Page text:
Imagine an expanse of asphalt over a mile long and half a mile wide, filled with 40 race cars and thousands of fans jostling for positions to see their favorite drivers.

Take car engines that sound like jet airplanes and the sweltering heat of a summer day, then add heavy camera gear, a small documentary crew (that knows nothing about NASCAR)… and then stir. What could possibly go wrong?

Welcome to the backdrop for Road to Race Day, an eight-episode insider look at the world of NASCAR, where we followed four Hendrick Motorsports teams through half of the 2016 race season.

Tackling the races proved to be one of the biggest challenges in shooting this series. The race tracks were enormous. Our crew was not. Basically, six people gathered all the footage (with the exception of the footage licensed from NASCAR). There were four of us on camera and two on audio. What we lacked in personnel, we made up for in determination and productivity. Rex Miller and Josh Woll, two exceptionally talented DPs on the project, almost always had two cameras running each. Josh managed the GoPros, and Rex set up the time-lapses. So while each of them shot on their Easyrigs with their Sony FS7s, somewhere nearby always lurked a time-lapse and GoPro.

Cinematographer Josh Woll shooting Road to Race Day

During race day shoots, a few places lacked enough room for a cameraperson (i.e. on top of the pit box where the crew chief sits). There were also places where we could not get to because we were filming somewhere else on the track (at some racetracks, the tractor trailer that serves as the racing team’s mobile office was half a mile away). For these, Josh would sneak in and place GoPros. Meanwhile, Rex talked his way onto any tall structure he could find (equipped with his Easyrig) and placed a time-lapse. This strategy meant that on most days, Josh and Rex produced way more hours of footage than they actually spent in the field.  

We also knew early in the process that we wanted to capture the fans and their point of view of the races. So we strategically placed our second crewaudio, field producer Mark Barroso and camerawoman Blaire Johnson—on fan duty. They would wade through campgrounds in search of storylines that would enhance, and sometimes complicate, the foreground narrative of the race team. In one instance, they found the perfect “fan” for NASCAR star Jimmie Johnson’s second episode. They stumbled on a cute kid who disliked Jimmie and had nicknamed him “Jimmie Johnson Stinker Pants” because he won so much. Our immediate reaction was, “You can’t build an episode on a kid just because he tells a funny joke.” But Mark and Blaire’s instincts were right: This kid was the perfect foil, and he ended up narrating most of the race. There’s a lesson there: Trust your team.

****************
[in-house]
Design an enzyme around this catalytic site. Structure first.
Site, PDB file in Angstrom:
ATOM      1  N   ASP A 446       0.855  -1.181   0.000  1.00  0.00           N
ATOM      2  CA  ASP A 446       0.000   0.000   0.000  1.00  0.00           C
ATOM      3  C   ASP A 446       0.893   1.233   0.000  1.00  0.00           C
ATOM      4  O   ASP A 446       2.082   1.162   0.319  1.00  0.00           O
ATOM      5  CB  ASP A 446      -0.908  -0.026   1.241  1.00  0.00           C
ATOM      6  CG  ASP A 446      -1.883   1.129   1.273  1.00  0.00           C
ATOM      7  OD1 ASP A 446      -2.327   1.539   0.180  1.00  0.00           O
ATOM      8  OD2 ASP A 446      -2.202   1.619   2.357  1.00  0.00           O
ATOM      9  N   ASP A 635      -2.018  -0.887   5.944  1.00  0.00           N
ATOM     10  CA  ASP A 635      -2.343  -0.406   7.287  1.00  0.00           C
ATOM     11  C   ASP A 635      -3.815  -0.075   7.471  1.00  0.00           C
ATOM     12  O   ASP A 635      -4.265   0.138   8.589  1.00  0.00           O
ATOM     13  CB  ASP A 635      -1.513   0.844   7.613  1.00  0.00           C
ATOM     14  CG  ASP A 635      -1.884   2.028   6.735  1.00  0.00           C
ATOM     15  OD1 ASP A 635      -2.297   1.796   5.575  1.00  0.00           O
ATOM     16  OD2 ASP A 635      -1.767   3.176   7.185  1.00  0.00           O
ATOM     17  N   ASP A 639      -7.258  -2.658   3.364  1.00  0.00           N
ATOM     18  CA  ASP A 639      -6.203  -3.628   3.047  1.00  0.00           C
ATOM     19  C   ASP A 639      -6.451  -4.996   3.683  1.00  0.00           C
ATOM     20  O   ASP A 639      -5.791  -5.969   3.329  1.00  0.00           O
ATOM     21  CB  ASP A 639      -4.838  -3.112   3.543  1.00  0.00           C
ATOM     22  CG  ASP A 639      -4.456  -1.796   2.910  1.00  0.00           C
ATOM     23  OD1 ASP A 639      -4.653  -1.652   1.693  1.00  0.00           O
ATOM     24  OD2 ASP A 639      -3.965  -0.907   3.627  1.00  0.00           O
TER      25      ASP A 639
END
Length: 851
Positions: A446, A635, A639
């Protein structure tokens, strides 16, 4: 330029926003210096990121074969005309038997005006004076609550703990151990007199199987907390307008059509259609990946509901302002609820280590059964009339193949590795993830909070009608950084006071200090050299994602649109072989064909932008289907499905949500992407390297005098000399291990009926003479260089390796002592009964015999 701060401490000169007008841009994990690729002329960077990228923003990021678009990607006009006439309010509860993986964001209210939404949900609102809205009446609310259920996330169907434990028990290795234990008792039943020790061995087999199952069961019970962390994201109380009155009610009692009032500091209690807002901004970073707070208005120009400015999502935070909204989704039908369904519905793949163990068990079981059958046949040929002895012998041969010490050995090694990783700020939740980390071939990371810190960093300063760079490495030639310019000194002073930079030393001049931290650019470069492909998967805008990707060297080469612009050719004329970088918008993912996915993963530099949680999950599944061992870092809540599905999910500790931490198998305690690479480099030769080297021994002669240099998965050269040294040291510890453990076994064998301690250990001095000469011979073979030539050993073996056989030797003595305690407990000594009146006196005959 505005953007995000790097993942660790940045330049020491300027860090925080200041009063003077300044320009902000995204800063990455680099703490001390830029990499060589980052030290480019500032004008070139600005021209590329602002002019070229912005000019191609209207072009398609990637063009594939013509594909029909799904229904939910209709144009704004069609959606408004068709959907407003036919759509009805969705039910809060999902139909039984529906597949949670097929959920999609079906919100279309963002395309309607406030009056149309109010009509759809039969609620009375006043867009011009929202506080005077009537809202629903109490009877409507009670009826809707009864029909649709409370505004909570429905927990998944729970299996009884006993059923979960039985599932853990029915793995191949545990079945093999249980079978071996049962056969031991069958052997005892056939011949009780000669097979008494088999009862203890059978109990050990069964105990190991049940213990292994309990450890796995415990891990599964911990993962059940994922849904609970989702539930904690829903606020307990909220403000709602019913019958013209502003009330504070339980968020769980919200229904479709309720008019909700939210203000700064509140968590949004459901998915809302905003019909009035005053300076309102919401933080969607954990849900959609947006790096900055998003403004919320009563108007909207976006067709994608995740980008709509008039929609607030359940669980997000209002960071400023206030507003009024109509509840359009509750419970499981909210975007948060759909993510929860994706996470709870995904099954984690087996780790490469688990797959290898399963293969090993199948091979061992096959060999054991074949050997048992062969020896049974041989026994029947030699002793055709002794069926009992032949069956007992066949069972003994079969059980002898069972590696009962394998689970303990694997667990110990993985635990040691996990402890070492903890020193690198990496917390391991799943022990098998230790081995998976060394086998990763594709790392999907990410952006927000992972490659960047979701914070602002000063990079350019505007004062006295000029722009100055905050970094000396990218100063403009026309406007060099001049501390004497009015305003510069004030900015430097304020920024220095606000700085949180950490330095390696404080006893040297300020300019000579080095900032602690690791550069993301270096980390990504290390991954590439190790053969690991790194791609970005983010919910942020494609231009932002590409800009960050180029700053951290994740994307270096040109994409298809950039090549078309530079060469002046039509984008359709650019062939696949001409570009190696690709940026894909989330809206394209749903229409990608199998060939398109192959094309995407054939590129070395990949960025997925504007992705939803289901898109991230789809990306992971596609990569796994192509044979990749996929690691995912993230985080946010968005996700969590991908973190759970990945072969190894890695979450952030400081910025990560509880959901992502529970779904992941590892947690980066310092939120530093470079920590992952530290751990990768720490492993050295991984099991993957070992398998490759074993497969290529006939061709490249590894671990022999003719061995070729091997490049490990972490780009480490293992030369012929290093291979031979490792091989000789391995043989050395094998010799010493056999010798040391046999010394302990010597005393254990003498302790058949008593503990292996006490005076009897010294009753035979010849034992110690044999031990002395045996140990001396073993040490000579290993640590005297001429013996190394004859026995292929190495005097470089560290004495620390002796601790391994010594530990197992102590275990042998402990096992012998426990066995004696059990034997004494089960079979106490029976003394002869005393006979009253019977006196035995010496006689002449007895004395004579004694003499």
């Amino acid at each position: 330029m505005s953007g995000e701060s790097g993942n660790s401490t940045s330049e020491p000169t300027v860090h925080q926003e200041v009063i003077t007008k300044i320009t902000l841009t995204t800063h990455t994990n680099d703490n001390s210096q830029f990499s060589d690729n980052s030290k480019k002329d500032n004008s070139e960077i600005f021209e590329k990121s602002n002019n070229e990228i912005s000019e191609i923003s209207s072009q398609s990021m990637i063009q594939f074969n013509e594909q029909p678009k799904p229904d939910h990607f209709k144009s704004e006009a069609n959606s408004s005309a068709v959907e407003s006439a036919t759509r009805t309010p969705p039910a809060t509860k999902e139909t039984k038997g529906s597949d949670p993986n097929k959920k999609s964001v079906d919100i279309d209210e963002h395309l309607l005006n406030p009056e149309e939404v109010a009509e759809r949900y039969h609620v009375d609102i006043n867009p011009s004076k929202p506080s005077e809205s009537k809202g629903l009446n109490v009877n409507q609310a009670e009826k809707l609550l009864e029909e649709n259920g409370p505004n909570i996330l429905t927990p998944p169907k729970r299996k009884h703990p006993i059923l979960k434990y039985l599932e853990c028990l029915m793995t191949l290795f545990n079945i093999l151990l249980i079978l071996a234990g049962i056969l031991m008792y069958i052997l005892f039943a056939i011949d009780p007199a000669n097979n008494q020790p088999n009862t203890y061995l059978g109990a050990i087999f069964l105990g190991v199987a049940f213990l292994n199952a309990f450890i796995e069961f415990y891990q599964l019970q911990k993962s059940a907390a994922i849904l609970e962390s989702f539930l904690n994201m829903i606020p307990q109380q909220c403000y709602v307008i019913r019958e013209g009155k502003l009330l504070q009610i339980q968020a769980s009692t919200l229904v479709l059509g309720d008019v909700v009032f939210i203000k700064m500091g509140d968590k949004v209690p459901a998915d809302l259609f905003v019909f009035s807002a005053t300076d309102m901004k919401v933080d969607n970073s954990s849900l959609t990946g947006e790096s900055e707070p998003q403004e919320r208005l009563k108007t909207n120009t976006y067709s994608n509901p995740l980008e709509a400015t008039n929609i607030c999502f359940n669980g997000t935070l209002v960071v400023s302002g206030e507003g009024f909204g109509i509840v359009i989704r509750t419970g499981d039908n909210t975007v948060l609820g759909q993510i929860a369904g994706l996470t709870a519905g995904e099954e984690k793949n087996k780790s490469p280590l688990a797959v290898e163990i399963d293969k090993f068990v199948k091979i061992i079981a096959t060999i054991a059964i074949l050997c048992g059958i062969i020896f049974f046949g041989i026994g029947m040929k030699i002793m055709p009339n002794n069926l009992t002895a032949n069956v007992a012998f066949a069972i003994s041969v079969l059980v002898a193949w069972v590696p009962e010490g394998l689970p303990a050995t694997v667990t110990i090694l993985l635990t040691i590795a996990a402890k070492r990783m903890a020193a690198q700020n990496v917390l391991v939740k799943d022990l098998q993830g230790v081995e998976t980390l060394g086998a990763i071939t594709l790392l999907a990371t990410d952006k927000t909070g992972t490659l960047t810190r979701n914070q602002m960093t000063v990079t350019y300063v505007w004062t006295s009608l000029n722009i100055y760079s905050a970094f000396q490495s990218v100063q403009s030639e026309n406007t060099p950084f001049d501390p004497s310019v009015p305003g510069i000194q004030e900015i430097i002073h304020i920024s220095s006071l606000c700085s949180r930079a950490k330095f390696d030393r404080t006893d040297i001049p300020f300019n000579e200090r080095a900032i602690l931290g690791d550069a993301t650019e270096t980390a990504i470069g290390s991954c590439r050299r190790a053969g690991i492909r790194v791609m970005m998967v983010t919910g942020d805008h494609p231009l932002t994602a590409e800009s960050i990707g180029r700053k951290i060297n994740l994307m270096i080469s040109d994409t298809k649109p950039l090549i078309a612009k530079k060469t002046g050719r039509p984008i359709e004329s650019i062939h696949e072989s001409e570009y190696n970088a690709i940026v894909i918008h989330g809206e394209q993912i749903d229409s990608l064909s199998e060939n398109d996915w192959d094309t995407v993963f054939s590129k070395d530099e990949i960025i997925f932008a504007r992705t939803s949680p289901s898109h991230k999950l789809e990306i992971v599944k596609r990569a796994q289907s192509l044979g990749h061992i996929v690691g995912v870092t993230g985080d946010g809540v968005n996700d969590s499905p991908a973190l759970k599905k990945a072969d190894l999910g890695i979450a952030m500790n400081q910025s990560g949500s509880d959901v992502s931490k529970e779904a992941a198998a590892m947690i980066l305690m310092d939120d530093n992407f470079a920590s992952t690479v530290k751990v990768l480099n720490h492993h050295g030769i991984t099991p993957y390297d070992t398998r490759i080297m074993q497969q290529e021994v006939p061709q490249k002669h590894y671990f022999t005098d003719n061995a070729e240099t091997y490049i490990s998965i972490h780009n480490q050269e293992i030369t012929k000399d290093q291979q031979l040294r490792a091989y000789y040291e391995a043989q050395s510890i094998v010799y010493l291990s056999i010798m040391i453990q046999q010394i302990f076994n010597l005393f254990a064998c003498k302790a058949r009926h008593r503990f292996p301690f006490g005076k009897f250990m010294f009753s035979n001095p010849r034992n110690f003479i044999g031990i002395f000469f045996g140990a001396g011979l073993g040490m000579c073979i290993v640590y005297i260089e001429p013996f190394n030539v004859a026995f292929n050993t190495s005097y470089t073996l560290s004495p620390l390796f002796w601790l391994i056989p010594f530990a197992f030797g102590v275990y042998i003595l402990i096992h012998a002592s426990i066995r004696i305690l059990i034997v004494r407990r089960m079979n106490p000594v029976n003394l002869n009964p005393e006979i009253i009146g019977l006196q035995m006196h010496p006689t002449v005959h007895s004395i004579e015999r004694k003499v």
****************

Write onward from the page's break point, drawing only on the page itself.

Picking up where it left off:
Road to Race Day cinematographer Rex Miller

If the sheer size of the tracks wasn’t enough of a challenge, the noise certainly was. When the engines of the cars revved up, it was impossible to hear. Hand signals and headsets became commonplace as we all settled in for the three relentless hours of NASCAR racing. Cynthia had five people mic’d at any given time, and she boomed everything. If we ever doubted where we were supposed to be, we only had to follow a line of sight of the boom pole.

Following the storylines became a labyrinthine nightmare. There were multiple storylines unfolding simultaneously, which kept Cynthia listening all the time for key conversations that would help build on existing stories. By the end of production on the series, it had become so complicated that we had actually devised a way for David to listen in on all audio channels with a headset so he could follow and respond to storylines unfolding in the field. Lap after lap, the roar of engines lulled us into an almost hypnotic state, but our crew kept the cameras rolling. Our motto: Keep shooting, figure it out later.

Director Cynthia Hill’s previous credits include the award-winning A Chef’s Life and Private Violence

We knew we were not creating a post-race recap show, so we did not prioritize filming the action on the track itself. (It would have been almost impossible to cover the race track with our tiny crew.) Fortunately, we had a great working relationship with the folks at NASCAR Productions, whose television crews do an amazing job of capturing the race. They allowed us to license their footage, which freed us up to focus on our characters and storylines. We spent the races around the pit boxes where members of the race teams were positioned during the race. In this way, the race became less about the sporting event and more about the people. We knew that’s what would make this series appealing to a larger audience beyond the built-in fanbase.